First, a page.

Rebecca

By Daphne du Maurier
(William Morrow & Company, Paperback, 9780380730407, 416pp.)

Publication Date: September 2006

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Description

With these words, the reader is ushered into an isolated gray stone mansion on the windswept Cornish coast, as the second Mrs. Maxim de Winter recalls the chilling events that transpired as she began her new life as the young bride of a husband she barely knew. For in every corner of every room were phantoms of a time dead but not forgotten—a past devotedly preserved by the sinister housekeeper, Mrs. Danvers: a suite immaculate and untouched, clothing laid out and ready to be worn, but not by any of the great house's current occupants. With an eerie presentiment of evil tightening her heart, the second Mrs. de Winter walked in the shadow of her mysterious predecessor, determined to uncover the darkest secrets and shattering truths about Maxim's first wife—the late and hauntingly beautiful Rebecca.

This special edition of Rebecca includes excerpts from Daphne du Maurier's The Rebecca Notebook and Other Memories, an essay on the real Manderley, du Maurier's original epilogue to the book, and more.




About the Author
Daphne du Maurier (1907--1989), a novelist, playwright, biographer, and short-story writer, was born into an artistic family in London. She began writing short stories and articles in 1928 and in 1931 her first novel, "The Loving Spirit," was published. Many of her works were adapted into films, including "Rebecca,"" ""The Birds," and "Don't Look Now." In June 1969, du Maurier was named a Dame of the British Empire.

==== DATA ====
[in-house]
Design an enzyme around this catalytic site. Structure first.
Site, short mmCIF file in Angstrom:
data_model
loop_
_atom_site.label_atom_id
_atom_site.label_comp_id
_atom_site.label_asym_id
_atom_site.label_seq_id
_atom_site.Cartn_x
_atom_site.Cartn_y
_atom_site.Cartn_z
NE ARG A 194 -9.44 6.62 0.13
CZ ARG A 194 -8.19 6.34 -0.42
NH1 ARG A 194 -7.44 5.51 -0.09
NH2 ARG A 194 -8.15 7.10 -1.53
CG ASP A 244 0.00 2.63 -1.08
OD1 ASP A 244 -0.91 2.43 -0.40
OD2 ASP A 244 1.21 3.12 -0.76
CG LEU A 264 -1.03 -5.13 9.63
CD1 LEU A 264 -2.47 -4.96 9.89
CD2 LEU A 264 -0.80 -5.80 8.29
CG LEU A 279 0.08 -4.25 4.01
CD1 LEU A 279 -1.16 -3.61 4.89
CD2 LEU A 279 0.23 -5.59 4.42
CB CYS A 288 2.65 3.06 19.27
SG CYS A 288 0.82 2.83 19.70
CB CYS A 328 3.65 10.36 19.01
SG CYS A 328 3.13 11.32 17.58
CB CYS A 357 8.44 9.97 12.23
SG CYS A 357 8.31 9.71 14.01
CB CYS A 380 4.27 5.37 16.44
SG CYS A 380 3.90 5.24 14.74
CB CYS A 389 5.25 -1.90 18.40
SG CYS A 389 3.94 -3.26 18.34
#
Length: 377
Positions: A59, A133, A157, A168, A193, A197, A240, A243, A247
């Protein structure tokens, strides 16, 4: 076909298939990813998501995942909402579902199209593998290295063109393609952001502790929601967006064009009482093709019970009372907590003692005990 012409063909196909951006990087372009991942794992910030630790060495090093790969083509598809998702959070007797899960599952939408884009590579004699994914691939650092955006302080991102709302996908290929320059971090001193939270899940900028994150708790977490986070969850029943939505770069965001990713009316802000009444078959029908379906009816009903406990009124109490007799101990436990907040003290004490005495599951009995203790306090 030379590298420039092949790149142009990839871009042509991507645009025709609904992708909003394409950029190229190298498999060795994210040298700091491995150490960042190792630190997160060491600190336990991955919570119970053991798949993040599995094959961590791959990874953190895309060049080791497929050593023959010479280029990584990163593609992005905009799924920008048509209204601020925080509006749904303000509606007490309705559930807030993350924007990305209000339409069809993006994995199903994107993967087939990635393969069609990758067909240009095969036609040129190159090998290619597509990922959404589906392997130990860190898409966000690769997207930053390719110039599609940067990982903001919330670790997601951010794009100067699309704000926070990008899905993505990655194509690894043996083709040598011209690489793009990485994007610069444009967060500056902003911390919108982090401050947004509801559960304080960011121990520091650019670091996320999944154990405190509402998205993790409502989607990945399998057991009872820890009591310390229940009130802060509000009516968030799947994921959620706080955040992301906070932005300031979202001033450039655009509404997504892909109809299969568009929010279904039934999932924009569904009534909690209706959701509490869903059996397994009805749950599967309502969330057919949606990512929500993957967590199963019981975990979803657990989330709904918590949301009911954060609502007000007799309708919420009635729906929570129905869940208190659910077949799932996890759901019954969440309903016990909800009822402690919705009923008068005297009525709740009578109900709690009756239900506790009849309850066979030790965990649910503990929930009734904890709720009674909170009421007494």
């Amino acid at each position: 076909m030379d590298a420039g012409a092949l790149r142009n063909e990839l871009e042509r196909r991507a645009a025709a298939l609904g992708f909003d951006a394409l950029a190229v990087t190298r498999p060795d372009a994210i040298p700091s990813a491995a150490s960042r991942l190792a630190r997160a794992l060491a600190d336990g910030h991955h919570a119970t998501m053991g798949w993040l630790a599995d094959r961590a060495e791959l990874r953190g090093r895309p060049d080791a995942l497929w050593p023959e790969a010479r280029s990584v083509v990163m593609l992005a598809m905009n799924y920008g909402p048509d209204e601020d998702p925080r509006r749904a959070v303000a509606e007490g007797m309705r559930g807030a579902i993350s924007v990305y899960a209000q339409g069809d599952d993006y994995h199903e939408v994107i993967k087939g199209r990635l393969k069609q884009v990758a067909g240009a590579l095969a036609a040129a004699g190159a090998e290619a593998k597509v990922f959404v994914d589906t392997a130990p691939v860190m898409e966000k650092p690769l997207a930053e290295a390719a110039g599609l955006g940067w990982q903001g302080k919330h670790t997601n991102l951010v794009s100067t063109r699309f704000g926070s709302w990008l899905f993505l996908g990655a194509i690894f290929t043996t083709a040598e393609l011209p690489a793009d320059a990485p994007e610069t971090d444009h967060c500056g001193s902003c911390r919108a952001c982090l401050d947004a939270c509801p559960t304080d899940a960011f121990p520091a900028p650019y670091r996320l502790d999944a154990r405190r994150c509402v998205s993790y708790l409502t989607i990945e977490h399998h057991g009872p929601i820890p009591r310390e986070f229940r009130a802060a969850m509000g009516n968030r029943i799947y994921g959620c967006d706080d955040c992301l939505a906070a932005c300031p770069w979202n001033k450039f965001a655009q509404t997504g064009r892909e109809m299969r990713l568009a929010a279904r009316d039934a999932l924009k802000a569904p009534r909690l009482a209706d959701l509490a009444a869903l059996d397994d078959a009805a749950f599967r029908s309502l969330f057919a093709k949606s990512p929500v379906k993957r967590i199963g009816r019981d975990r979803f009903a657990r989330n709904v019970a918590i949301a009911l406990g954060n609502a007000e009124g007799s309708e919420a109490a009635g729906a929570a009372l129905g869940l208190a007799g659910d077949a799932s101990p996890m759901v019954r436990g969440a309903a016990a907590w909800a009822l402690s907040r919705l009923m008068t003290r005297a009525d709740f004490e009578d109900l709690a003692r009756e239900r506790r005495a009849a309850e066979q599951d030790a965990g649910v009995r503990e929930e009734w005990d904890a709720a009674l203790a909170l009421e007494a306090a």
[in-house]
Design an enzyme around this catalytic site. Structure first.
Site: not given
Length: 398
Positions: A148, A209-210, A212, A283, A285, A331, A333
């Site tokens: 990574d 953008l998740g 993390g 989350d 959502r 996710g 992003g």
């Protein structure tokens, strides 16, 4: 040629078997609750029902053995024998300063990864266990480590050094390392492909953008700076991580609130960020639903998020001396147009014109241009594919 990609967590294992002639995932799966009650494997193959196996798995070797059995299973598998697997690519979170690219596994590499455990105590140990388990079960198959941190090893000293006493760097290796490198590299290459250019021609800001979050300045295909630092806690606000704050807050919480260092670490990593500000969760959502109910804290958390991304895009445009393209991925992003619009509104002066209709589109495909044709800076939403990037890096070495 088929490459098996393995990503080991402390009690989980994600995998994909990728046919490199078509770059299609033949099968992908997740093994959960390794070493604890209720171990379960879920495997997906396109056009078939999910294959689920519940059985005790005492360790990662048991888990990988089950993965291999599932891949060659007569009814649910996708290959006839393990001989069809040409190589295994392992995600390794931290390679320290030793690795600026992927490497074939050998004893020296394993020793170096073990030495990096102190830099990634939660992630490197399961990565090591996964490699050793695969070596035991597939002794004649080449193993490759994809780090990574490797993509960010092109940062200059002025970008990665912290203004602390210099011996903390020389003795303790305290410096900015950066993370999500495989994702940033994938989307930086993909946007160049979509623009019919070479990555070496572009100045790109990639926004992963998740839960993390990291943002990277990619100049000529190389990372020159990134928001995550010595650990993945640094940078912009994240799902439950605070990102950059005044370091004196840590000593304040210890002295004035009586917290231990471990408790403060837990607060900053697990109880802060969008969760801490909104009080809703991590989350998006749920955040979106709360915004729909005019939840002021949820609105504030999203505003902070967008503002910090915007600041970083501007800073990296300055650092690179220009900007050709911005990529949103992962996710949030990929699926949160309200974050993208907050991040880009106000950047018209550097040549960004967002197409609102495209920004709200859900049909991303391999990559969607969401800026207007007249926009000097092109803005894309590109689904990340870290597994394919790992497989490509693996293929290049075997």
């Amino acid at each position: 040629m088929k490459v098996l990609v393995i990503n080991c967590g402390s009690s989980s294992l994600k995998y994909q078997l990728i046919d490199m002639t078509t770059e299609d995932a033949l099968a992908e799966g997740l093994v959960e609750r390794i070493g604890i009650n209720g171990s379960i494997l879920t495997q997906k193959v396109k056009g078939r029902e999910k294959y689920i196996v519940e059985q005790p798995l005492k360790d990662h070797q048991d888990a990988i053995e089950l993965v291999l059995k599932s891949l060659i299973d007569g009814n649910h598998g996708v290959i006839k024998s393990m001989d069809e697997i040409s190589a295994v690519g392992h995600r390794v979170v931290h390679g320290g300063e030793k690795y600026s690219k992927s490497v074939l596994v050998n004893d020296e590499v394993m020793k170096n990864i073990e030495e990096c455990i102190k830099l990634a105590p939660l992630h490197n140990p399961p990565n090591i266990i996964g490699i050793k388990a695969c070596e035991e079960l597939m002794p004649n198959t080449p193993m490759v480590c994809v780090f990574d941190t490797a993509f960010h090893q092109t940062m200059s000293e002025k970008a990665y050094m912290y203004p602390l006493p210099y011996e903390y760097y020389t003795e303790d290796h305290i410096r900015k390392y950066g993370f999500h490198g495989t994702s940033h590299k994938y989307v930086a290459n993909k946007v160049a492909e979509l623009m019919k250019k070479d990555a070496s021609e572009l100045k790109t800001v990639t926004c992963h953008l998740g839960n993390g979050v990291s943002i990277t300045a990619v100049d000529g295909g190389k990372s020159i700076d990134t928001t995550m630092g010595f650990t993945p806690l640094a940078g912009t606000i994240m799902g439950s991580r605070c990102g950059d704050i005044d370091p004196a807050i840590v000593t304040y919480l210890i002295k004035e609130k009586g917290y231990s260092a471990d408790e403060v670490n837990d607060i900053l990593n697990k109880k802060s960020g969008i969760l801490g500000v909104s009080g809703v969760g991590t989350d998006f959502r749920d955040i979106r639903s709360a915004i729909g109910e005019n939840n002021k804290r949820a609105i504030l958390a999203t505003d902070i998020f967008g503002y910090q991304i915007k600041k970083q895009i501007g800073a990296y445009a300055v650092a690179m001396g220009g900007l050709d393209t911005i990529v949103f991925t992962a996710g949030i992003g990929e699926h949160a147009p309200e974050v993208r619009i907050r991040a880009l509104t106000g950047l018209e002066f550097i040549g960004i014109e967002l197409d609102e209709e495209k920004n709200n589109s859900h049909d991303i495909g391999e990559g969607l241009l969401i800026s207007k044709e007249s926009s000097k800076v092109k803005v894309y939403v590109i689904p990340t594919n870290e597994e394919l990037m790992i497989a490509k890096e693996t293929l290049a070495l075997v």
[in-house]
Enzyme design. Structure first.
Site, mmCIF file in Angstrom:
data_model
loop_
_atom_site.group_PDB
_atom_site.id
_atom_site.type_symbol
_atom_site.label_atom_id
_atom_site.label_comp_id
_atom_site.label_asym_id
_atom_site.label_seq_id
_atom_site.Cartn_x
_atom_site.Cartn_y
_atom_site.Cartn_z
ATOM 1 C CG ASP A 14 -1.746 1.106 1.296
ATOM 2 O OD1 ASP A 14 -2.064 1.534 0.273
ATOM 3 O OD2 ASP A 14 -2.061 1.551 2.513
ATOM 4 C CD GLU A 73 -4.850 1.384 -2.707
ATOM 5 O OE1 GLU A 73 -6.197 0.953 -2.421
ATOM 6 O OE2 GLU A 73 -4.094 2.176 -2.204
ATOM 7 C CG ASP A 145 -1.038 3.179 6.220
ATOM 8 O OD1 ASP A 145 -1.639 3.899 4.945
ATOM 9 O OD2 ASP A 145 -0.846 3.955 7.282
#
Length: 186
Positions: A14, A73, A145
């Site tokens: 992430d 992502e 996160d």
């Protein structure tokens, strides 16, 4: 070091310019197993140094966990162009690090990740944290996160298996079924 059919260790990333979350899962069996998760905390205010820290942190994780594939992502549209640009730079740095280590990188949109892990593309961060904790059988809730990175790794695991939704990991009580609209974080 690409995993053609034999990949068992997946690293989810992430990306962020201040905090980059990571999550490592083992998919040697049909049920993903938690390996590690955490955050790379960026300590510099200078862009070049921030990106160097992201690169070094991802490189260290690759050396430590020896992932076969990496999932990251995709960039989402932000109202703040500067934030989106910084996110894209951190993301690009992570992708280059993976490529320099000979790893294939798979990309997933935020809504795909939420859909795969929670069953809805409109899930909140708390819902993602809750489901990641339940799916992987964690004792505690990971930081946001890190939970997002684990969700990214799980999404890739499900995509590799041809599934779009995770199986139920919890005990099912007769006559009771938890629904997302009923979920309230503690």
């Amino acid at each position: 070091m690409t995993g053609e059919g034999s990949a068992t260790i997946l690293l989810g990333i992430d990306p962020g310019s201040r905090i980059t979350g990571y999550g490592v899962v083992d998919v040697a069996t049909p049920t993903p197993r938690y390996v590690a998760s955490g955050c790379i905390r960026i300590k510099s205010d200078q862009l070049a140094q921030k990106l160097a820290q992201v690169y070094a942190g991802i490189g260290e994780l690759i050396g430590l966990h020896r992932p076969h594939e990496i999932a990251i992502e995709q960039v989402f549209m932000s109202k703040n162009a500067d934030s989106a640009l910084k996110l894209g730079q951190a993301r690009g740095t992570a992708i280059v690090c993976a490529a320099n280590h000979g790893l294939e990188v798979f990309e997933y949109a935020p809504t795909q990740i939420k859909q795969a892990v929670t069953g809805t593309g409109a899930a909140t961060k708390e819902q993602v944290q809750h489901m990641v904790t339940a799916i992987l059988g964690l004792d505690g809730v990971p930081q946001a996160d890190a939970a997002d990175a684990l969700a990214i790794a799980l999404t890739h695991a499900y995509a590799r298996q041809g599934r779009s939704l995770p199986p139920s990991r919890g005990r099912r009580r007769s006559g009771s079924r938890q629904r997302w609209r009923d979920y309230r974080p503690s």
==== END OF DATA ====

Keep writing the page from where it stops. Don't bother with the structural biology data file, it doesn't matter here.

Patrick McGrath was born in London in 1950. His works include "Blood and Water and Other Tales," "The Grotesque," "Spider," "Dr. Haggard's Disease," "Asylum" (which was short-listed for the 1996 "Guardian" Fiction Prize and made into a feature film), "Martha Peake," and "Port Mungo," His most recent novel is "Trauma" (April 2008). He lives in London and New York with his wife, Maria Aitken.


NPR
Wednesday, Oct 28, 2009

Literature is full of reminders that houses have souls, a fact characters forget at their own peril. In some novels, the house is as much a force as any of the people in the story. When that happens, the human characters had better beware. More at NPR.org

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